Tissue engineering has long held promise for building new organs to replace damaged livers, blood vessels and other body parts. However, one major obstacle is getting cells grown in a lab dish to form 3-D shapes instead of flat layers. Researchers have come up with a new way to overcome that challenge, by encapsulating living cells in cubes and arranging them into 3-D structures, just as a child would construct buildings out of blocks.
Researchers from Columbia University, Arizona State University, the University of Michigan and the California Institute of Technology (Caltech) have created and programmed robots the size of single molecule that can move independently across a nano-scale track.
While the laws of physics weren't made to be broken, sometimes they need revision. A major current law has been rewritten thanks to the three-port transistor laser, developed by Milton Feng and Nick Holonyak Jr. at the University of Illinois.
Nature and technology may seem worlds apart, but New York University Computer Scientist Dennis Shasha maintains that the natural world can bolster the capacity of today's most sophisticated machines. In Natural Computing: DNA, Quantum Bits, and the Future of Smart Machines, Shasha and co-author Cathy Lazere describe the work of 15 pioneers who have successfully harnessed nature's power in advancing technology.
A team of scientists from Columbia University, Arizona State University, the University of Michigan, and the California Institute of Technology (Caltech) have programmed an autonomous molecular 'robot' made out of DNA to start, move, turn, and stop while following a DNA track.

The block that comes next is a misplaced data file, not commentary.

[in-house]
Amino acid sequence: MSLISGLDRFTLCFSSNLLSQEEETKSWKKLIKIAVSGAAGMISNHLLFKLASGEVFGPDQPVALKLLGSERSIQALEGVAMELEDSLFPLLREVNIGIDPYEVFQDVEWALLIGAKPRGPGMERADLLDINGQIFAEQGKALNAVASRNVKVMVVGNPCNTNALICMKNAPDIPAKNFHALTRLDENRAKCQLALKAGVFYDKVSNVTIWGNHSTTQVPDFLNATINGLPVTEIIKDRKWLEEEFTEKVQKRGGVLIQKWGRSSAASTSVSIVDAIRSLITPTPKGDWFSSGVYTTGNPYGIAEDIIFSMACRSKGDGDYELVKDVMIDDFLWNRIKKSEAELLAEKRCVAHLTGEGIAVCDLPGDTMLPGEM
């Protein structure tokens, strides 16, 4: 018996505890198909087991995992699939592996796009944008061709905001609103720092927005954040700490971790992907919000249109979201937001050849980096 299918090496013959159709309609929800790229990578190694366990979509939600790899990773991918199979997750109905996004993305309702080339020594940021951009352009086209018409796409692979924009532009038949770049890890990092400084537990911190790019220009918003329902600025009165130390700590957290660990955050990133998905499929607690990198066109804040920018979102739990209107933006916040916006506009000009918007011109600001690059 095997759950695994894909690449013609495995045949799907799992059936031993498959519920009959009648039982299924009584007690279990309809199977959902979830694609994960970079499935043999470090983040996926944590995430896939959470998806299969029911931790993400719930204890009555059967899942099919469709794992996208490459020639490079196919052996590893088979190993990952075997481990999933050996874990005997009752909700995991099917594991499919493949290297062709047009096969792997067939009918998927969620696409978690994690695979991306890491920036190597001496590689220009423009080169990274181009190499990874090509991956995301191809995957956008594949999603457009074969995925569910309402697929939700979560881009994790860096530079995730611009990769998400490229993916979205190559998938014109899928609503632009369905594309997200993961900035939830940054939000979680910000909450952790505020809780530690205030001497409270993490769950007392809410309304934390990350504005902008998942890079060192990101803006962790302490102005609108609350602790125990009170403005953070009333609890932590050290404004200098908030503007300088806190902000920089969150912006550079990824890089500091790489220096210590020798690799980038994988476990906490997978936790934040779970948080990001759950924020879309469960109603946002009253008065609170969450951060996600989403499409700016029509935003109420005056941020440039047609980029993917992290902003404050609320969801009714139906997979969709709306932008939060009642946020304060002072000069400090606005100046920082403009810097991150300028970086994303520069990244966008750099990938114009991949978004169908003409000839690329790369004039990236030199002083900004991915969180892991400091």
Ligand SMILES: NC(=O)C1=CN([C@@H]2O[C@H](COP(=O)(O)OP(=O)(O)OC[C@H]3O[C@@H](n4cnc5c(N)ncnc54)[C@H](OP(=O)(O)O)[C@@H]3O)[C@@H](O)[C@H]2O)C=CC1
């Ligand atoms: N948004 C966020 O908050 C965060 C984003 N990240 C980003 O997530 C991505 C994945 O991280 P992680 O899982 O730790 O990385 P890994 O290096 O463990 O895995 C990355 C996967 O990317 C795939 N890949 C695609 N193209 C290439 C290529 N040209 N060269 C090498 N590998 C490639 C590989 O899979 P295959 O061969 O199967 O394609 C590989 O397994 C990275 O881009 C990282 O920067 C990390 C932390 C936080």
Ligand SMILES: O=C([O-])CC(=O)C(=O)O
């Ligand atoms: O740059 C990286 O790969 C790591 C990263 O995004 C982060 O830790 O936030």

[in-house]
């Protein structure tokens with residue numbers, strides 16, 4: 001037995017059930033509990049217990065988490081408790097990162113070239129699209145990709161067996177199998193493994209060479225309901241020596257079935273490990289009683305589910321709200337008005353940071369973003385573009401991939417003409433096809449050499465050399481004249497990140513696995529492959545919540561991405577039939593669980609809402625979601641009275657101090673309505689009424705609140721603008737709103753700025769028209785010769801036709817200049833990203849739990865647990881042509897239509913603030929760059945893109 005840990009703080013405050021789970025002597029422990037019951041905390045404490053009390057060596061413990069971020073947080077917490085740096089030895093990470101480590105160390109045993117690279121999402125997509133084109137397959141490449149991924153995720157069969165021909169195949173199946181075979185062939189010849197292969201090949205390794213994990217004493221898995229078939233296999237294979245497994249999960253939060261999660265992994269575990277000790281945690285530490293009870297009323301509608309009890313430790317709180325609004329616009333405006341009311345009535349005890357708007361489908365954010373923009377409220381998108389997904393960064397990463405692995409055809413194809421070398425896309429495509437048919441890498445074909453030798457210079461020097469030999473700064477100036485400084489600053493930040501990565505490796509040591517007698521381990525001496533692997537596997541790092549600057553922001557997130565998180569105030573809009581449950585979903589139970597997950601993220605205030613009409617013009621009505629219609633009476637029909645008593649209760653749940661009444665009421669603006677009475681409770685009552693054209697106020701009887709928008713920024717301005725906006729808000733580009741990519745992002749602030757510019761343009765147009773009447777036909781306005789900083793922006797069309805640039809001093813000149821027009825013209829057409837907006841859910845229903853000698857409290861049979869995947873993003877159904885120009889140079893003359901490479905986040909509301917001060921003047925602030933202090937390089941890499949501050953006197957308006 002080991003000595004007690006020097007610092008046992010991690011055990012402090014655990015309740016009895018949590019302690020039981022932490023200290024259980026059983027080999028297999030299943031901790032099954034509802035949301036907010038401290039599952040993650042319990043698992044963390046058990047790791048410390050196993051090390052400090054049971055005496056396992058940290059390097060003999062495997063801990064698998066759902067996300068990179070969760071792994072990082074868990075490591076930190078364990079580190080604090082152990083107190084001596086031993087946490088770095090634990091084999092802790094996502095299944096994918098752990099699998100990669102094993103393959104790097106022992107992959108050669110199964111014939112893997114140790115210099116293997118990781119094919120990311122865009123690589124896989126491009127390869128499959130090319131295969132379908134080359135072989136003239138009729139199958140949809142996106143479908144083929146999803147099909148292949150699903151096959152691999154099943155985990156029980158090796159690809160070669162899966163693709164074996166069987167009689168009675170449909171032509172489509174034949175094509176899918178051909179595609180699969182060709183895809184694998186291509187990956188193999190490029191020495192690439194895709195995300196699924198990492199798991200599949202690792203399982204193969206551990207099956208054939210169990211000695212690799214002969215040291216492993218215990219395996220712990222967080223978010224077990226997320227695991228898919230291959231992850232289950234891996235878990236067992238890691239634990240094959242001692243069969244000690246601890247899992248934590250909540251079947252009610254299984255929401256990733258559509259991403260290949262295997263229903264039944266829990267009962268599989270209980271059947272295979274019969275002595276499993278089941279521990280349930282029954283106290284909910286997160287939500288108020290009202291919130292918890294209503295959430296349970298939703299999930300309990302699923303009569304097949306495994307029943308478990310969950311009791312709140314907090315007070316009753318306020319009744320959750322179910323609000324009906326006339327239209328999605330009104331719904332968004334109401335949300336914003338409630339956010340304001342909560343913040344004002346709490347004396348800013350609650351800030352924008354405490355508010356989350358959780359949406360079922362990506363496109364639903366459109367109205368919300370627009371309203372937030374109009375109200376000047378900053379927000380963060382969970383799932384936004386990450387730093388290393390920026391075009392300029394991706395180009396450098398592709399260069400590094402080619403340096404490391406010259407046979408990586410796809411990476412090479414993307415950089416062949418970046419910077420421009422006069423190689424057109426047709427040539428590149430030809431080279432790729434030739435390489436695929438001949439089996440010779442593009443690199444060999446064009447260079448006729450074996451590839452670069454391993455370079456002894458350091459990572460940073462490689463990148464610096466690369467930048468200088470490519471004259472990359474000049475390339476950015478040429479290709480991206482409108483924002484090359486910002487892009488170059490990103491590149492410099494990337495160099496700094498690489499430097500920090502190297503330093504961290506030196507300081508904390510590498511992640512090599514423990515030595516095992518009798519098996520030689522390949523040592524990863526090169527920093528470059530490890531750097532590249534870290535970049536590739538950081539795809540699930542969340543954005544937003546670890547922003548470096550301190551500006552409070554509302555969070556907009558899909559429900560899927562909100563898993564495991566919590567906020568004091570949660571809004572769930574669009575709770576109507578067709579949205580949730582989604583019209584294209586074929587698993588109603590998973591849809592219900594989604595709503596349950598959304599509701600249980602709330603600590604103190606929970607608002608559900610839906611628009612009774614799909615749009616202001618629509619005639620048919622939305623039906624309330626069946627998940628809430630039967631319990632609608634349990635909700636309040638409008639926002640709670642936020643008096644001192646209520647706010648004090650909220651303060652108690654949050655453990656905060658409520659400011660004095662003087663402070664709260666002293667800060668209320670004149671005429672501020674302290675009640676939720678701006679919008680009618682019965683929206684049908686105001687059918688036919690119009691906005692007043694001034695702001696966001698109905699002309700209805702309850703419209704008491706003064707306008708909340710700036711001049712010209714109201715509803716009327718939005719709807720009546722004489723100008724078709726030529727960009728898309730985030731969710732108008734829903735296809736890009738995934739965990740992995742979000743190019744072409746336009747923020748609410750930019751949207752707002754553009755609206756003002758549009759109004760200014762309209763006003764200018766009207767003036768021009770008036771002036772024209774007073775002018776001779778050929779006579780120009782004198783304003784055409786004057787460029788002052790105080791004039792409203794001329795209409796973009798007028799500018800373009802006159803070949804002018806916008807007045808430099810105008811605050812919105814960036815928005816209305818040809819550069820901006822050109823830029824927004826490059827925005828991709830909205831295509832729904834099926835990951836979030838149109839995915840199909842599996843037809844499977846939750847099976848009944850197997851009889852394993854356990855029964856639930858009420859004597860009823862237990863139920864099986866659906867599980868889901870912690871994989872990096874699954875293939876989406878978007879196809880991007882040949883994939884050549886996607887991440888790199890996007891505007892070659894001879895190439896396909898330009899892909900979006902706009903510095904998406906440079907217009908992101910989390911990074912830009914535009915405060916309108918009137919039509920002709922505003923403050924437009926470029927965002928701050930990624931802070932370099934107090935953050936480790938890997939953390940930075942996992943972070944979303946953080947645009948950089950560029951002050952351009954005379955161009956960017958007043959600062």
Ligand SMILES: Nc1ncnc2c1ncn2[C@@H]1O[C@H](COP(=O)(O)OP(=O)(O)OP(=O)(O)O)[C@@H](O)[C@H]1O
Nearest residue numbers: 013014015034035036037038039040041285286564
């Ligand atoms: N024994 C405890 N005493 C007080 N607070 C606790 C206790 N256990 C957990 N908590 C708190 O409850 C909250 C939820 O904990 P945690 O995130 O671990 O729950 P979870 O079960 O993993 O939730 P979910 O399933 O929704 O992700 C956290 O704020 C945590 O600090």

Twenty-five years after the laser beam came to be, a historic meeting took place at Rice University that led to the discovery of the buckminsterfullerene, the carbon 60 molecule for which two Rice scientists won the Nobel Prize.
The 'European Inorganic Membrane Research Alliance' (EIMRA) aims to facilitate the transition from basic research to applications. In this way, EIMRA will contribute to the worldwide effort to enhance industrial efficiency and reduce carbon dioxide emissions.
A solution-phase process has been developed by CNM users from the University of California at Riverside, working collaboratively with the Nanophotonics Group, for synthesizing stable multifunctional colloidal particles composed of a superparamagnetic Fe3O4 core, a gold nanoshell, and a mesoporous silica outer layer.
All optics research requires precise alignment of optical components to ensure that light passes efficiently from one element to the next. At the micro-scale, however, the process is much more delicate and complicated. Now, an alignment mechanism integrated onto a silicon chip to allow quick and cheap optical optimization has been demonstrated.
In a single day, a solitary grad student at a lab bench can produce more simple logic circuits than the world's entire output of silicon chips in a month. So says a Duke University engineer, who believes that the next generation of these logic circuits at the heart of computers will be produced inexpensively in almost limitless quantities.